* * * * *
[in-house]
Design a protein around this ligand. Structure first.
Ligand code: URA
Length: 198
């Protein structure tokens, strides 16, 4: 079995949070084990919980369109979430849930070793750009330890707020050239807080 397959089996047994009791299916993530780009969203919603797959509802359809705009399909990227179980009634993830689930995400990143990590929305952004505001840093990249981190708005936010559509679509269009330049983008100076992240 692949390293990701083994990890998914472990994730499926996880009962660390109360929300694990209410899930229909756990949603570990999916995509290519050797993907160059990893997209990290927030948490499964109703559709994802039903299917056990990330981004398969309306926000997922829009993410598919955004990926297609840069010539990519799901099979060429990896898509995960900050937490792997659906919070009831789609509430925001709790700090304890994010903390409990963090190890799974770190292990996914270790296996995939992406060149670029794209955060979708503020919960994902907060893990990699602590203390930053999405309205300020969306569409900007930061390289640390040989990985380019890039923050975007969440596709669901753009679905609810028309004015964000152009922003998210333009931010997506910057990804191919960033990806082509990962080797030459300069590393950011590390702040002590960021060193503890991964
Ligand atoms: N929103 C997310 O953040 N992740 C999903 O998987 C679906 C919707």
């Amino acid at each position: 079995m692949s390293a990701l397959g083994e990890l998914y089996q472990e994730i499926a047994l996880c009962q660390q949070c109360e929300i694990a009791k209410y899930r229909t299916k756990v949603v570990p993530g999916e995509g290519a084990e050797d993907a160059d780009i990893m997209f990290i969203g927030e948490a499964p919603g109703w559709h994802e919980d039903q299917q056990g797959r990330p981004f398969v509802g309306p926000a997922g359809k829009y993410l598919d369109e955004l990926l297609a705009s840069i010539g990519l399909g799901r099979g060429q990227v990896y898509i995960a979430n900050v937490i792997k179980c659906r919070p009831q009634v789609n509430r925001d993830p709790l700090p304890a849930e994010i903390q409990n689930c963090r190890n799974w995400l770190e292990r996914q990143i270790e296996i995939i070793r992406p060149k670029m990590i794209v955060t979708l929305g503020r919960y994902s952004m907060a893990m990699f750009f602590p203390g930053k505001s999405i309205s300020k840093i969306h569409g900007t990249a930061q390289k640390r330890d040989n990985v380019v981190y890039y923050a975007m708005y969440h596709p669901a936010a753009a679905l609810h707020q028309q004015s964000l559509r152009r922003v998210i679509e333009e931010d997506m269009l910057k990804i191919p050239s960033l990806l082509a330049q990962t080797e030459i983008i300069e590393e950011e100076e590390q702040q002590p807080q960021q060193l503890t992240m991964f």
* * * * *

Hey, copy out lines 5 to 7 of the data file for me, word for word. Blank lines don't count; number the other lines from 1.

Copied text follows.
């Protein structure tokens, strides 16, 4: 079995949070084990919980369109979430849930070793750009330890707020050239807080 397959089996047994009791299916993530780009969203919603797959509802359809705009399909990227179980009634993830689930995400990143990590929305952004505001840093990249981190708005936010559509679509269009330049983008100076992240 692949390293990701083994990890998914472990994730499926996880009962660390109360929300694990209410899930229909756990949603570990999916995509290519050797993907160059990893997209990290927030948490499964109703559709994802039903299917056990990330981004398969309306926000997922829009993410598919955004990926297609840069010539990519799901099979060429990896898509995960900050937490792997659906919070009831789609509430925001709790700090304890994010903390409990963090190890799974770190292990996914270790296996995939992406060149670029794209955060979708503020919960994902907060893990990699602590203390930053999405309205300020969306569409900007930061390289640390040989990985380019890039923050975007969440596709669901753009679905609810028309004015964000152009922003998210333009931010997506910057990804191919960033990806082509990962080797030459300069590393950011590390702040002590960021060193503890991964
Ligand atoms: N929103 C997310 O953040 N992740 C999903 O998987 C679906 C919707």
């Amino acid at each position: 079995m692949s390293a990701l397959g083994e990890l998914y089996q472990e994730i499926a047994l996880c009962q660390q949070c109360e929300i694990a009791k209410y899930r229909t299916k756990v949603v570990p993530g999916e995509g290519a084990e050797d993907a160059d780009i990893m997209f990290i969203g927030e948490a499964p919603g109703w559709h994802e919980d039903q299917q056990g797959r990330p981004f398969v509802g309306p926000a997922g359809k829009y993410l598919d369109e955004l990926l297609a705009s840069i010539g990519l399909g799901r099979g060429q990227v990896y898509i995960a979430n900050v937490i792997k179980c659906r919070p009831q009634v789609n509430r925001d993830p709790l700090p304890a849930e994010i903390q409990n689930c963090r190890n799974w995400l770190e292990r996914q990143i270790e296996i995939i070793r992406p060149k670029m990590i794209v955060t979708l929305g503020r919960y994902s952004m907060a893990m990699f750009f602590p203390g930053k505001s999405i309205s300020k840093i969306h569409g900007t990249a930061q390289k640390r330890d040989n990985v380019v981190y890039y923050a975007m708005y969440h596709p669901a936010a753009a679905l609810h707020q028309q004015s964000l559509r152009r922003v998210i679509e333009e931010d997506m269009l910057k990804i191919p050239s960033l990806l082509a330049q990962t080797e030459i983008i300069e590393e950011e100076e590390q702040q002590p807080q960021q060193l503890t992240m991964f």